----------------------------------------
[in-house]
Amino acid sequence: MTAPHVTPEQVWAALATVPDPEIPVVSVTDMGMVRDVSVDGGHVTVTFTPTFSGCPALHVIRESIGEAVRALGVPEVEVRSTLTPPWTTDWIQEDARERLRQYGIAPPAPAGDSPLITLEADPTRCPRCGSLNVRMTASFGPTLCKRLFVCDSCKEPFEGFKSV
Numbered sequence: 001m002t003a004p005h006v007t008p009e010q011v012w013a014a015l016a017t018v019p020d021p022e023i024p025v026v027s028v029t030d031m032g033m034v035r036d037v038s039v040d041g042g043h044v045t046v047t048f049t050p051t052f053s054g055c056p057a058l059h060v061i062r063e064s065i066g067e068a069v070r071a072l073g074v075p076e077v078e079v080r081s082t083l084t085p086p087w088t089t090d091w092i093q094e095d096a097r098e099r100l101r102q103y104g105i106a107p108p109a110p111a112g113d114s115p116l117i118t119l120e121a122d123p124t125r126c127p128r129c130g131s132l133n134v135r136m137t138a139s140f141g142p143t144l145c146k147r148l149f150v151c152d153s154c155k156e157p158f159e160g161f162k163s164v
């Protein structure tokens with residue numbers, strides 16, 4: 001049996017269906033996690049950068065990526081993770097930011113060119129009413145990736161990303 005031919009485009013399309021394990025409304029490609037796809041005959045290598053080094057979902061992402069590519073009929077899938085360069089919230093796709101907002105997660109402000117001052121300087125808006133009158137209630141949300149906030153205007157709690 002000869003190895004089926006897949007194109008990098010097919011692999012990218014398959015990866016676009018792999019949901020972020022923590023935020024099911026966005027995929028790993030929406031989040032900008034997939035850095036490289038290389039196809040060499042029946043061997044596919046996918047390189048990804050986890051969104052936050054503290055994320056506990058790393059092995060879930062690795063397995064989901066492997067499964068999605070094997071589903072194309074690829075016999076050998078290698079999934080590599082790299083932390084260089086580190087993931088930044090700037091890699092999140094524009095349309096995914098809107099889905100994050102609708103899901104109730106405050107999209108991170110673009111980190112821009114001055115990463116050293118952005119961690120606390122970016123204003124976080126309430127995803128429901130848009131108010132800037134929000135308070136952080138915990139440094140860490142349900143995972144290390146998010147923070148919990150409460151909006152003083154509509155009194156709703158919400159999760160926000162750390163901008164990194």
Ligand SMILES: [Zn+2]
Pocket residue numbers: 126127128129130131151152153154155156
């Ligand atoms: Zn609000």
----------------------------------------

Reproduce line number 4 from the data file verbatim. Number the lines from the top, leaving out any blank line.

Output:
């Protein structure tokens with residue numbers, strides 16, 4: 001049996017269906033996690049950068065990526081993770097930011113060119129009413145990736161990303 005031919009485009013399309021394990025409304029490609037796809041005959045290598053080094057979902061992402069590519073009929077899938085360069089919230093796709101907002105997660109402000117001052121300087125808006133009158137209630141949300149906030153205007157709690 002000869003190895004089926006897949007194109008990098010097919011692999012990218014398959015990866016676009018792999019949901020972020022923590023935020024099911026966005027995929028790993030929406031989040032900008034997939035850095036490289038290389039196809040060499042029946043061997044596919046996918047390189048990804050986890051969104052936050054503290055994320056506990058790393059092995060879930062690795063397995064989901066492997067499964068999605070094997071589903072194309074690829075016999076050998078290698079999934080590599082790299083932390084260089086580190087993931088930044090700037091890699092999140094524009095349309096995914098809107099889905100994050102609708103899901104109730106405050107999209108991170110673009111980190112821009114001055115990463116050293118952005119961690120606390122970016123204003124976080126309430127995803128429901130848009131108010132800037134929000135308070136952080138915990139440094140860490142349900143995972144290390146998010147923070148919990150409460151909006152003083154509509155009194156709703158919400159999760160926000162750390163901008164990194």